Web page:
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Margaret Whitlam Galleries

Imaging Australia in Black and White: Newspaper Illustrations 1880-1940

Clancy of the Overflow

Herbert Moffitt


ink on paper

27.5cm X 48cm


Some out-back Australian types

Herbert Moffitt


Lithographic offset print

23cm X 30cm

Judge 'Herb' Moffit

Sydney Miller


Charcoal and pastel on paper

51cm X 38cm

Back from the Grave

William Macleod


ink on paper

29cm X 42.5cm

The Sick Lion (Usual Moral)

William Macleod


ink on paper

45.4cm X 50cm

The Mosquito season: ' That political insect the O'Sullivan '-Parkes

Phil May


ink on card

28cm X 36.5cm


Phil May


ink on card

14cm. X 20cm


The Margaret Whitlam Galleries, Female Orphan School, West Wing, Building EZ, Parramatta campus (View Map)
11 Apr - 25 Jul 2014
12th April 2014, from 2pm-4pm To be opened by Christine Yeats, (Senior Vice President of the RAHS)

For an invitation to the exhibition, please see Imaging Australia in Black and White: Invitation (DOCX, 1.08 MB)

Imaging Australia in Black-and-White: Newspaper Illustration 1880-1940

From farm boy to schoolteacher, and lawyer to judge, the talented Bulletin artist Herbert Moffitt mixed work and pleasure as an observer of everyday Australian life. He and his Bohemian friends were the most influential black-and-white artists of their day and their drawings make up a collection that tells a visual story of Australia and its characters in the decades either side of Federation (1901). His Bohemian circle included most of those who helped define a sense of national identity, artists such as Norman Lindsay, George Lambert, Livingston ‘Hop’ Hopkins, Phil May and William Macleod - part owner of the Bulletin, and writers like Henry Lawson, ‘Banjo’ Paterson, Mary Gilmore and Kenneth Slessor.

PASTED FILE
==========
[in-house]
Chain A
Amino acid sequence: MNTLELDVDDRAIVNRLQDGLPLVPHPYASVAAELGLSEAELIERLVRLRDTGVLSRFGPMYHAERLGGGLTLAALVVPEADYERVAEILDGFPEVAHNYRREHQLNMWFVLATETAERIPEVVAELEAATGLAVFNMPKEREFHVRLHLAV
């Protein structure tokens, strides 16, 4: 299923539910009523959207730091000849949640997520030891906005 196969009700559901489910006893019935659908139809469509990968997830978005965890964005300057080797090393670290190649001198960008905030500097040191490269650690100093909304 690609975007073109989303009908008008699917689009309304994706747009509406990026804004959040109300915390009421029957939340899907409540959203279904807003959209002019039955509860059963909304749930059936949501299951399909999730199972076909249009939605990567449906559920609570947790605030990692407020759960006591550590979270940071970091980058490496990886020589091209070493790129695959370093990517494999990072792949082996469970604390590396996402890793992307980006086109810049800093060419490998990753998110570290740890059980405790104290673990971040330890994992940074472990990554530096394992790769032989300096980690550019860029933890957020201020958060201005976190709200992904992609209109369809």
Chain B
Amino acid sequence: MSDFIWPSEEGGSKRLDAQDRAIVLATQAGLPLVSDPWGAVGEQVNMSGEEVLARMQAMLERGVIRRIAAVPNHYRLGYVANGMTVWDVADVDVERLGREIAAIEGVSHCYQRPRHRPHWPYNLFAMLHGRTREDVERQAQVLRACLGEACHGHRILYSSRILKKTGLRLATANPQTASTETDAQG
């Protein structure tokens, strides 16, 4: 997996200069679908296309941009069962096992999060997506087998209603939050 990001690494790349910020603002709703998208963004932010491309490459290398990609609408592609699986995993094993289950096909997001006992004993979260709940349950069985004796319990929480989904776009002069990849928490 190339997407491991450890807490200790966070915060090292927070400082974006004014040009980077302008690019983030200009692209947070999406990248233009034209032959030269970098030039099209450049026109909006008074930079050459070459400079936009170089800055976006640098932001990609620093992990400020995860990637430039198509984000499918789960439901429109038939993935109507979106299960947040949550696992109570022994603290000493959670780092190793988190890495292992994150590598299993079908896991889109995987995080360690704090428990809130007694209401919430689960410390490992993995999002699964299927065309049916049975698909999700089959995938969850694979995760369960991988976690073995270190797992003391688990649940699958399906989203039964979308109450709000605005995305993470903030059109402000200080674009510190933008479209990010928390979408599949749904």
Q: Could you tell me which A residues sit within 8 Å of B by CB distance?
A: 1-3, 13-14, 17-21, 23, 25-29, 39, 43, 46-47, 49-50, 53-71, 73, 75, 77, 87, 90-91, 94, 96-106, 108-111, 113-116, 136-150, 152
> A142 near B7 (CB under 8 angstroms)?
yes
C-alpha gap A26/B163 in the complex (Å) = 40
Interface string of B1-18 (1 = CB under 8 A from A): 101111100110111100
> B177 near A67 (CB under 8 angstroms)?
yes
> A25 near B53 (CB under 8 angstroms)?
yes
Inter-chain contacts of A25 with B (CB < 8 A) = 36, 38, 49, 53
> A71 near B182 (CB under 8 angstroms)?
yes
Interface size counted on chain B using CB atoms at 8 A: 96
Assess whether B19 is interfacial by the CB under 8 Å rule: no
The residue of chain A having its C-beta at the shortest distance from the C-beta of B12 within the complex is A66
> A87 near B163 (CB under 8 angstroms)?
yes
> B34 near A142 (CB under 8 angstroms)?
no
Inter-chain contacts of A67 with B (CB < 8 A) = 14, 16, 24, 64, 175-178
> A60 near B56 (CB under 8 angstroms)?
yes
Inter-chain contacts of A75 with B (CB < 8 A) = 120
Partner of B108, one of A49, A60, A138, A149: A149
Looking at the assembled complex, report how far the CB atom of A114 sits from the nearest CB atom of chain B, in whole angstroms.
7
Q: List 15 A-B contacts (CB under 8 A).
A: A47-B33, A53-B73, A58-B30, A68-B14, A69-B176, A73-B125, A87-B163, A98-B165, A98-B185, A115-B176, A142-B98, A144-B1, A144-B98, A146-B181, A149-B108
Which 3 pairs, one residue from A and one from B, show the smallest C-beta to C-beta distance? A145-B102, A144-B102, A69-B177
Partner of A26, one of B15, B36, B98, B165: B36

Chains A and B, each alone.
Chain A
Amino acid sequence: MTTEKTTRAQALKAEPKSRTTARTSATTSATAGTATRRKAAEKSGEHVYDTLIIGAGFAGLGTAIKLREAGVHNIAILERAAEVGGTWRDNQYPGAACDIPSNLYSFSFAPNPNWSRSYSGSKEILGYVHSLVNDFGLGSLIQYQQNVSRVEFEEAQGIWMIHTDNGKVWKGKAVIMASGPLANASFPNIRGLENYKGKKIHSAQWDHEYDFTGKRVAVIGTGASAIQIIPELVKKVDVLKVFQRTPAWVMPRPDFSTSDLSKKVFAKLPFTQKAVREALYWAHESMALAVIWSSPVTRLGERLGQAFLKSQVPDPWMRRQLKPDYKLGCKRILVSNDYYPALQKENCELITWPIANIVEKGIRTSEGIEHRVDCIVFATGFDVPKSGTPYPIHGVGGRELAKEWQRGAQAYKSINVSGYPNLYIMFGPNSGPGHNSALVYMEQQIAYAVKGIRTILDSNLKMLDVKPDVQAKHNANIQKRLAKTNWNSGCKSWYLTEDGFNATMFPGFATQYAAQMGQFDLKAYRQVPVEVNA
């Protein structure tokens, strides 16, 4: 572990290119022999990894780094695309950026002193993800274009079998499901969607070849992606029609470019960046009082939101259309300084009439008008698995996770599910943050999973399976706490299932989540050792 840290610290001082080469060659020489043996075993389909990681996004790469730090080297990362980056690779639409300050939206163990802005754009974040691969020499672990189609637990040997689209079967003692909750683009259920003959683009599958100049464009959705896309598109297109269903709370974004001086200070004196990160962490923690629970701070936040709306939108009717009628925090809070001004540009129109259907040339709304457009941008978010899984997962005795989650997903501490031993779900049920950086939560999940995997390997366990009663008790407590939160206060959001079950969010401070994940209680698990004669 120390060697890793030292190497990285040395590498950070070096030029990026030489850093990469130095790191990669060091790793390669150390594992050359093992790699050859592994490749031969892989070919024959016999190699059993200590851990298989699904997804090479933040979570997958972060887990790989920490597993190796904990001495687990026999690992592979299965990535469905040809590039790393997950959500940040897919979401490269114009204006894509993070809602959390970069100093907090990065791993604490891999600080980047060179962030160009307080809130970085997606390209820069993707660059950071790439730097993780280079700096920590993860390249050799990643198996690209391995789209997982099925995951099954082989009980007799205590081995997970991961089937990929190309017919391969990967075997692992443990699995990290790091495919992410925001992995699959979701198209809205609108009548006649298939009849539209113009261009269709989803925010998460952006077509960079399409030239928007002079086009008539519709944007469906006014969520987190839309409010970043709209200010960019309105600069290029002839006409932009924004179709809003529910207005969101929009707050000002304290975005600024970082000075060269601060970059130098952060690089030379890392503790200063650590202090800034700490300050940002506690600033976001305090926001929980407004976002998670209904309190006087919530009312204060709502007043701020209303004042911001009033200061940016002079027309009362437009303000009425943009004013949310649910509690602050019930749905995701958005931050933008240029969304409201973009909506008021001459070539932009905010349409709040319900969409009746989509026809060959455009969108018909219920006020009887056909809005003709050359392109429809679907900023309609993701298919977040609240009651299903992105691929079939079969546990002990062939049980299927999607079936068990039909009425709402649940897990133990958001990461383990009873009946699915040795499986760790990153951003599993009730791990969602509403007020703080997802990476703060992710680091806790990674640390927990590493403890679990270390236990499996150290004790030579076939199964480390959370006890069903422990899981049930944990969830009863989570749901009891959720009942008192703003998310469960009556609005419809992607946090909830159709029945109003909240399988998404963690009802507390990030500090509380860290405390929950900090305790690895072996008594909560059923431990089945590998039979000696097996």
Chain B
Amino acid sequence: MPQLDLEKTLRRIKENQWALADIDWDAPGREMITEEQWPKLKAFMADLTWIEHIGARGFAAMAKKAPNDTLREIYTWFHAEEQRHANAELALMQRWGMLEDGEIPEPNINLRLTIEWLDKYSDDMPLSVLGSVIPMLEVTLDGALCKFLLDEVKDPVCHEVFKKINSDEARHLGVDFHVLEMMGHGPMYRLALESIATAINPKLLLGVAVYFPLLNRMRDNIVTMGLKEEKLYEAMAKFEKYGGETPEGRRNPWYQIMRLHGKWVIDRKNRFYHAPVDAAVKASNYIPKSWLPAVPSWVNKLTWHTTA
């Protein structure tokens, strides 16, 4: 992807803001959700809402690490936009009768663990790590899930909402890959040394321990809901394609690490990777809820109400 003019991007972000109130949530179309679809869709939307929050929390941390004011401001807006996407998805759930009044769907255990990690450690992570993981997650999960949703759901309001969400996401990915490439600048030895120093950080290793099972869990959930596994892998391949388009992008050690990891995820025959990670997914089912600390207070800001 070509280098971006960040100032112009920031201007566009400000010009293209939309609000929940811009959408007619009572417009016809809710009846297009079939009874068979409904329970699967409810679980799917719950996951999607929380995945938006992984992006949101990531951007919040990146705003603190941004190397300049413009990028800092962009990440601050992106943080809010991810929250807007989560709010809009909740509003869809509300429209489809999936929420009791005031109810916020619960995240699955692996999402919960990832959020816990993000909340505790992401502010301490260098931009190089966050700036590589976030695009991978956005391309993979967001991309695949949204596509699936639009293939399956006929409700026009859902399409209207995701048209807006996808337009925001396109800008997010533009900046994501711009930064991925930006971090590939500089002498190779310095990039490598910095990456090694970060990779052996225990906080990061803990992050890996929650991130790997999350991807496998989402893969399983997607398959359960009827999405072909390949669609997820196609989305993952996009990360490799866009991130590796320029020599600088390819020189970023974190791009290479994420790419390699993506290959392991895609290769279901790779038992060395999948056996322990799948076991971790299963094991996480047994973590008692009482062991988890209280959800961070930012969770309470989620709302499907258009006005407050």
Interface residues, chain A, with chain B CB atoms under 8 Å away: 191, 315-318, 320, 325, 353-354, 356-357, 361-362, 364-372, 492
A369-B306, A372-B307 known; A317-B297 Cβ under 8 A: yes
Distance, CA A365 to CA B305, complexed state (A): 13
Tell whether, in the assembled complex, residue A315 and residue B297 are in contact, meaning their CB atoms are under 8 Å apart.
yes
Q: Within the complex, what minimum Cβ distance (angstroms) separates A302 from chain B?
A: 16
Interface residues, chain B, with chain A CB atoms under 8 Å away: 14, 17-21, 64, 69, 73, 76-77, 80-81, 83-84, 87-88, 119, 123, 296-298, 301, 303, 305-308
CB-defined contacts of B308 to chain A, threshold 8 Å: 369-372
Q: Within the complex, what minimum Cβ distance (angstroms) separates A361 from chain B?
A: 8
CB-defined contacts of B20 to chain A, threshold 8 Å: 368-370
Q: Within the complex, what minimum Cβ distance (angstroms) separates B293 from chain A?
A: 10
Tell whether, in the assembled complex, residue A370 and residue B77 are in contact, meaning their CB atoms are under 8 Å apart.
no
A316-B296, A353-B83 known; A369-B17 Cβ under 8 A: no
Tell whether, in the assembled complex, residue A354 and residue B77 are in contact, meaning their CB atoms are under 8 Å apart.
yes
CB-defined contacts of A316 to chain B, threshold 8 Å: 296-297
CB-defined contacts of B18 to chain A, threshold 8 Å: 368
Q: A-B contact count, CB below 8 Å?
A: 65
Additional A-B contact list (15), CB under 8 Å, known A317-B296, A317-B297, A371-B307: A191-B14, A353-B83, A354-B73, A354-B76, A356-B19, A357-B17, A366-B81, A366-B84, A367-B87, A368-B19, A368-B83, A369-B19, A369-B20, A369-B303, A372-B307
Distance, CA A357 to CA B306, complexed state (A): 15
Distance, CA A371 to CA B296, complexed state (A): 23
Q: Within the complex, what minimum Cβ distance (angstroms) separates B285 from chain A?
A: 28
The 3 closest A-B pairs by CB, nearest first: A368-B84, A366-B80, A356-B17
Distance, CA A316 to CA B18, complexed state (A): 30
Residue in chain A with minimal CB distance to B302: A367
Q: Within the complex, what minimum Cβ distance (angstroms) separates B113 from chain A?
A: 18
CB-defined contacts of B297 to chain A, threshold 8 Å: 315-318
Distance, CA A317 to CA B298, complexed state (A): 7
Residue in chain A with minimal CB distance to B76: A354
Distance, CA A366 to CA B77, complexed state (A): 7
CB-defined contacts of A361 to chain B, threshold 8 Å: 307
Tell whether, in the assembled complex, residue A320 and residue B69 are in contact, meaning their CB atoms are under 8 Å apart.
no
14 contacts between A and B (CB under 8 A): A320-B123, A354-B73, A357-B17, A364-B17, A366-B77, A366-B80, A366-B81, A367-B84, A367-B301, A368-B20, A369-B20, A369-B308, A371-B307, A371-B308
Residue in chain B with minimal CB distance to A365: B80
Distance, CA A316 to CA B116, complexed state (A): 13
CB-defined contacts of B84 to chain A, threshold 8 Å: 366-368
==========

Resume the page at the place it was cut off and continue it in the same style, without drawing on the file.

The drawings, prints and paintings Moffitt and his Bohemian friends swapped and gave each other make up the collection. They were left to his family who, fortunately for us, realized their significance and kept them together as a collection, and the fact that many of these drawings were framed and hung in Moffitt’s chambers when he became a judge reveals his high regard for their value. They were, and still remain, testament to the power of the image to assert beliefs and construct ideologies. Moffitt and the other artists of that era understood the importance of developing a visual culture that reflected who we are as Australians, and importantly, the power of the press in distributing that image in the form of comic drawings and illustrations across the vast continent to unite the Australian born population as they endeavoured to see themselves as a unified nation.

The exhibition of this collection is also an opportunity to see these artworks in their original form where the hand of the artist is visible in the details of the drawings and the creases and discolourations mark them with the passage of time. The skill and the passion of these twenty artists resound in the fifty drawings, paintings and prints that make up the exhibition of Imaging Australia in Black-and-White: Sketches from the Moffitt Collection.

Curated by Dr Janine Sager